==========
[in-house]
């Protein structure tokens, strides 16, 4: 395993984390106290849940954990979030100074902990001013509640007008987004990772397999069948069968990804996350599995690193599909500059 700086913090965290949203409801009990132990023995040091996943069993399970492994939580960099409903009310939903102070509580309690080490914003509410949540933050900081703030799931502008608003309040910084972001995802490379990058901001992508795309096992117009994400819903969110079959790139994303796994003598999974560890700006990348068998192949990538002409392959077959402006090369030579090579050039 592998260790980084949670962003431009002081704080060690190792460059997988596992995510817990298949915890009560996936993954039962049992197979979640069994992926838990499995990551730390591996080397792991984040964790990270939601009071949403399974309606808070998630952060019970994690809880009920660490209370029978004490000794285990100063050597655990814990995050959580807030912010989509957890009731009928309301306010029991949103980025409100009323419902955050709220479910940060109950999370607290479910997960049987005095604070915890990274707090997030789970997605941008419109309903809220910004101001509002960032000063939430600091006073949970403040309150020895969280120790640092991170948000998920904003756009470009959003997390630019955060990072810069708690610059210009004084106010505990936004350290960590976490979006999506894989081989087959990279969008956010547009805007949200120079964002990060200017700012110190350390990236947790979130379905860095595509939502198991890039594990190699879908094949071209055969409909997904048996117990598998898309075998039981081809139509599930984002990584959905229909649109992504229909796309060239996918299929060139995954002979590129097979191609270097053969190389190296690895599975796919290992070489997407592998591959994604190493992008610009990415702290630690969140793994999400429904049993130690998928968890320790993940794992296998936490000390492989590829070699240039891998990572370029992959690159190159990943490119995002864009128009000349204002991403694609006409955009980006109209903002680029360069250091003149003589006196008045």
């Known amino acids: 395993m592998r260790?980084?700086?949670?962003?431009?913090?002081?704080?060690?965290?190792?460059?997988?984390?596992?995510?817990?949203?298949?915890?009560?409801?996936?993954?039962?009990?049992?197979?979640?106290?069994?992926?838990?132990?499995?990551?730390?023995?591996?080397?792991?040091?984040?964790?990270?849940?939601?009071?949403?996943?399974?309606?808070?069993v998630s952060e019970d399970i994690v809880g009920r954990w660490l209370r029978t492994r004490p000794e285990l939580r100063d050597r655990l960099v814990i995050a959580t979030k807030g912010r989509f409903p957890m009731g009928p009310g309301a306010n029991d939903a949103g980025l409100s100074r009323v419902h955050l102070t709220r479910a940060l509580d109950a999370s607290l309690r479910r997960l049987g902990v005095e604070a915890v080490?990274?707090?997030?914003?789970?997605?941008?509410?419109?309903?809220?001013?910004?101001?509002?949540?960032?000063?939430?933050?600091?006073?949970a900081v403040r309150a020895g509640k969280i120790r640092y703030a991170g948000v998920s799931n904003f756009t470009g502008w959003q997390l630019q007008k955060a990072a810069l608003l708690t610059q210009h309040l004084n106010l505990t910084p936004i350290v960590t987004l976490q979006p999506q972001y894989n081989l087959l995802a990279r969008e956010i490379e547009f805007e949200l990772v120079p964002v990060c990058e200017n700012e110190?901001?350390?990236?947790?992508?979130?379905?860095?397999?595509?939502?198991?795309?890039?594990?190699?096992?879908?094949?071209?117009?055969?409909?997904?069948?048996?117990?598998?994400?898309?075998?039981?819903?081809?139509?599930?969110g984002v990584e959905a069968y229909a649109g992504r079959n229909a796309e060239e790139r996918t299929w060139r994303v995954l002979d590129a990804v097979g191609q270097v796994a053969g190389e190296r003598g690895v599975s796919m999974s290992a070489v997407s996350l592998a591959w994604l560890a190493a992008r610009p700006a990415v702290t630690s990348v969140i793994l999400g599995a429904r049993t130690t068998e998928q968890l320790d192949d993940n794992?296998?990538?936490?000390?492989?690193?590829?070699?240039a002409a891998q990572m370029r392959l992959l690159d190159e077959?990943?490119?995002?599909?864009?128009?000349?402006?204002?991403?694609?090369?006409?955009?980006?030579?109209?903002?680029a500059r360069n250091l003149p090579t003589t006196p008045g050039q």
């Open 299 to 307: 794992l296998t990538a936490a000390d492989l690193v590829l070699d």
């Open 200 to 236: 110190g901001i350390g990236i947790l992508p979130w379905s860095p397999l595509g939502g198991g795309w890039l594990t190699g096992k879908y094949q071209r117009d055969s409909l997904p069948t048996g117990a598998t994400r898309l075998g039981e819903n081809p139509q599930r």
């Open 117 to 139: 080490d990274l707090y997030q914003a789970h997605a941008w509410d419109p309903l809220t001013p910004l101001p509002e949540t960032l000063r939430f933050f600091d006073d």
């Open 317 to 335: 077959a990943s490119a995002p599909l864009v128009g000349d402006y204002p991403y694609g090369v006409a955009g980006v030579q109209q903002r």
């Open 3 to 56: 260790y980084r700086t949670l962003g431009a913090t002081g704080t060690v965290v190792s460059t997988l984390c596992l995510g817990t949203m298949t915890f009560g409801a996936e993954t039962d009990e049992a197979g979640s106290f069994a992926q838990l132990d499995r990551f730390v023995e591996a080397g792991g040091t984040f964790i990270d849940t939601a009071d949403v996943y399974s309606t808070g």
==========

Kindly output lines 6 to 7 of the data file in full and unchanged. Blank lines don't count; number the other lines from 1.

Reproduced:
């Open 117 to 139: 080490d990274l707090y997030q914003a789970h997605a941008w509410d419109p309903l809220t001013p910004l101001p509002e949540t960032l000063r939430f933050f600091d006073d």
């Open 317 to 335: 077959a990943s490119a995002p599909l864009v128009g000349d402006y204002p991403y694609g090369v006409a955009g980006v030579q109209q903002r």